The project formerly known as Market Plaza is now known as West2nd.
“This will give the City Market a beautiful home that it deserves,” said Mayor Mike Signer. “I talk a lot as mayor about keeping Charlottesville Charlottesville. I think this project aspires to that idea by working with partners for the common good of all.”
The City Market was established in 1973 and has been located at a city-owned parking lot at the corner of Water and First streets since 1993. The City Council spent many years studying possible locations for its permanent home.
In late 2013, councilors voted to ask developers to submit plans for how they would use the site while maintaining public parking spaces and providing a new space for the market.
Four proposals were received and the council selected the one from developer Keith Woodard in June 2014.
Signer said the use of the land as a parking lot was not in the city’s best interest long-term.
“It wasn’t adding to the cultural base of our city,” Signer said. “It wasn’t adding much to our revenue picture and wasn’t helping with our housing shortage.”
When completed, the L-shaped building will have 9,000 square feet of retail, 55,000 square feet of office space and 68 “deluxe” condominiums priced between $400,000 and $1 million.
“These condominiums will be unique in a little way in that they will each have a large terrace with fantastic views,” Woodard said Thursday. “We think they will have a lot to offer.”
Woodard said he has lined up tenants for half of the office space.
The outdoor market will operate in the southwest corner of the half-acre property. Woodard also purchased a private parking lot in the block as part of the deal.
“The plaza where the City Market will be will extend into an indoor market area, and on days when that is not a City Market, it will be open for events,” Woodard said.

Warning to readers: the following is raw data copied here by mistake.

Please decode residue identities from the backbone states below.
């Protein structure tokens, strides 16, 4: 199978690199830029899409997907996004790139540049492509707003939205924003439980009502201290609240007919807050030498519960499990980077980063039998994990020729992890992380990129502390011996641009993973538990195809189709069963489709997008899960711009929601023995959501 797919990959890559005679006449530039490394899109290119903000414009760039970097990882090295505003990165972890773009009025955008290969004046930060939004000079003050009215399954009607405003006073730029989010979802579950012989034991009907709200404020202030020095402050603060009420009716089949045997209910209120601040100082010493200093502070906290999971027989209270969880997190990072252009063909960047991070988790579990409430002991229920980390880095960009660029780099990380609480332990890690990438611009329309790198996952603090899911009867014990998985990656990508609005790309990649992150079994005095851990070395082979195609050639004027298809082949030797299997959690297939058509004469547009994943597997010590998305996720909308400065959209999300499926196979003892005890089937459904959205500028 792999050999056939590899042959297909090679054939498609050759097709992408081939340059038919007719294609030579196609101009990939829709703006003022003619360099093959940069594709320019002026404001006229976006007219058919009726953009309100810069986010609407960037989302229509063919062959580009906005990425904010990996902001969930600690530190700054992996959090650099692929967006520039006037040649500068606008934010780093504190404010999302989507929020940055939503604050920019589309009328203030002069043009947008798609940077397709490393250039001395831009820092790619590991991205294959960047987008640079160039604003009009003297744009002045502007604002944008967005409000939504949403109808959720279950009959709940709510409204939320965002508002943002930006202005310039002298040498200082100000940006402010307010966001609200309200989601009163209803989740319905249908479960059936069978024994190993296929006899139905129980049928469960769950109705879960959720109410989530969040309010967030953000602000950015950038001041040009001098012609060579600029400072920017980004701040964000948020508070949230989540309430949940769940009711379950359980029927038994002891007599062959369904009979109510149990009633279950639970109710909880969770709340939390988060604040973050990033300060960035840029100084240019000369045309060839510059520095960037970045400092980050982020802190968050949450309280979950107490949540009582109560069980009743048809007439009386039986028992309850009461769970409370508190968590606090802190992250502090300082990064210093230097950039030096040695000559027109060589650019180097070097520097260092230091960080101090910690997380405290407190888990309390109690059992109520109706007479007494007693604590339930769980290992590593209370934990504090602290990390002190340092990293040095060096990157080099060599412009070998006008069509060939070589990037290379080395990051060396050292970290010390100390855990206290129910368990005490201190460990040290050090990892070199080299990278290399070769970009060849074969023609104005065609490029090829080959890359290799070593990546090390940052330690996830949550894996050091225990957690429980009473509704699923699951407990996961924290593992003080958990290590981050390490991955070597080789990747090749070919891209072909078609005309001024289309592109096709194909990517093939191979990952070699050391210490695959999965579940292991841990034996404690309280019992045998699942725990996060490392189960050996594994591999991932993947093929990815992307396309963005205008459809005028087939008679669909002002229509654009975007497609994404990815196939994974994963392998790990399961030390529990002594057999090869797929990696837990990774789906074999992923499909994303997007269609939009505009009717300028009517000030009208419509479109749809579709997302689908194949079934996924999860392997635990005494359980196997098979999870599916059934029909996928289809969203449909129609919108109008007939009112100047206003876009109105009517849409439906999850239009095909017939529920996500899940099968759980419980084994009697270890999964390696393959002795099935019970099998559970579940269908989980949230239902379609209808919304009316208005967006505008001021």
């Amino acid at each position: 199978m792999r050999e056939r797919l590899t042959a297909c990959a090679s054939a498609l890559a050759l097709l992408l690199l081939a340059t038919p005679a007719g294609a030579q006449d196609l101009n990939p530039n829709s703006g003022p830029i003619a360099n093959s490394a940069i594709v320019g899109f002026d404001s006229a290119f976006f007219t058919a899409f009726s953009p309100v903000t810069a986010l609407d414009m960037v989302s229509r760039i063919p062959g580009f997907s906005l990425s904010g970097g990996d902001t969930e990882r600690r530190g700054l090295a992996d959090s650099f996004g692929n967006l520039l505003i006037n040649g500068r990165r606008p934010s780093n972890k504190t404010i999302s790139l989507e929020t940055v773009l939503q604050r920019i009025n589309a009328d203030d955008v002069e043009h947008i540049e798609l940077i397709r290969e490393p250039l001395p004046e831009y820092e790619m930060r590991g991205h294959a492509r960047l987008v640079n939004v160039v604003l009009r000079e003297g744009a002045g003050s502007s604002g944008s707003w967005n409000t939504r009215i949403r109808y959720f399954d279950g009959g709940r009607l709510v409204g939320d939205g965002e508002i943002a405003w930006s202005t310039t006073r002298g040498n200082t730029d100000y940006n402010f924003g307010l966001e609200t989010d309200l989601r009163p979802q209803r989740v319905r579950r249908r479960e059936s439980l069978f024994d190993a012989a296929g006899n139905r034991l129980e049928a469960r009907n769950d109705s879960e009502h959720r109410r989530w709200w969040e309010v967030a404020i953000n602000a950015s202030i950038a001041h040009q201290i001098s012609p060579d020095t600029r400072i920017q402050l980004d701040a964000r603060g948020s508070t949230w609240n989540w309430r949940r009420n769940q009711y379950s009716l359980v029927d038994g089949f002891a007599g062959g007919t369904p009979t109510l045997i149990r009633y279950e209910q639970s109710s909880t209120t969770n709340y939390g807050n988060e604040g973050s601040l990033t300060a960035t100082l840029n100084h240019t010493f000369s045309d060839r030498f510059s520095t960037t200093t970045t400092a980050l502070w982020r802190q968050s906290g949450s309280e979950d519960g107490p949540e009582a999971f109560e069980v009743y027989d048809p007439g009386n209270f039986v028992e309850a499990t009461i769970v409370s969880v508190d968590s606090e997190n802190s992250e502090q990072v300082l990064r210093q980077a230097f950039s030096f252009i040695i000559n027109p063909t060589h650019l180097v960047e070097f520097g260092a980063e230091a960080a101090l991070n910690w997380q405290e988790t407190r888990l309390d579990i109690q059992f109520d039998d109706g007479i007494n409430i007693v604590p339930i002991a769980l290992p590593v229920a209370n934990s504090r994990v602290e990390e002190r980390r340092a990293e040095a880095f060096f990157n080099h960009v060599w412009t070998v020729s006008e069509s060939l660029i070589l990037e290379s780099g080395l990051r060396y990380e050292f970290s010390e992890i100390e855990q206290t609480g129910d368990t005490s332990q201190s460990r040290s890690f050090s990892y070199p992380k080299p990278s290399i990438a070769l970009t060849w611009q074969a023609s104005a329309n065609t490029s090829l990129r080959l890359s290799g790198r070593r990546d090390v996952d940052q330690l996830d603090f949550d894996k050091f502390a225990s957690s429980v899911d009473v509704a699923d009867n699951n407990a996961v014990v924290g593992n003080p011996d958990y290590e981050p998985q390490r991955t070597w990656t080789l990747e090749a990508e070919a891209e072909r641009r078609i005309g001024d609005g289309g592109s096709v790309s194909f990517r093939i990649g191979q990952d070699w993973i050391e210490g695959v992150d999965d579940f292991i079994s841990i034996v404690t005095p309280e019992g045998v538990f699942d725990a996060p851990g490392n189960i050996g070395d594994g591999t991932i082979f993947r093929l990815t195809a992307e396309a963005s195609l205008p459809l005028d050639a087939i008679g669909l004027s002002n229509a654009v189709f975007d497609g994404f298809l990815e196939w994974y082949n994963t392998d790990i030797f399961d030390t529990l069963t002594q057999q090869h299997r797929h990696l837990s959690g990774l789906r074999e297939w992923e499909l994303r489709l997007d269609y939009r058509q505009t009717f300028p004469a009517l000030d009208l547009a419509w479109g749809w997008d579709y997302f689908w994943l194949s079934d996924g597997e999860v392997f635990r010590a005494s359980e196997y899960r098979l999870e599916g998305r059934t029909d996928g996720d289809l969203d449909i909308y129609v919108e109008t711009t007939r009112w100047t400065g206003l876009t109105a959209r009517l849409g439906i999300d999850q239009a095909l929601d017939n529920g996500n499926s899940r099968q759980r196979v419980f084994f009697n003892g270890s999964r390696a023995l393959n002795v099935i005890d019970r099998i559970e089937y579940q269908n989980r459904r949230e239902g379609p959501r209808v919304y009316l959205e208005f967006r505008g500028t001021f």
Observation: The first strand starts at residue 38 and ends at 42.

To satisfy the city’s requirements, there will be 102 public parking spaces and 160 spaces for use by building residents and employees.
Woodard estimates the construction cost will be around $50 million.
Woodard and the city have split the cost of placing utility lines underground.
“We’ve been managing the utility relocation for the last six or eight months,” Woodard said. “We’re happy to say the roughest part of that is about over. The undergrounding of the utilities in the streets is nearing completion.”
Woodward is hoping construction can get underway in the spring and that the building can be completed in the spring of 2019. A sales gallery for the condos will open next to Old Metropolitan Hall on the Downtown Mall in October.
As part of the deal, First Street will be closed to vehicular traffic.
“This road will be closed and will become a pedestrian walkway from First Street to the mall,” Woodard said.
Unlike the three other proposals the city received for the site, the sales price for the land was not made public. The land sale will close after all permits and site plans have been approved.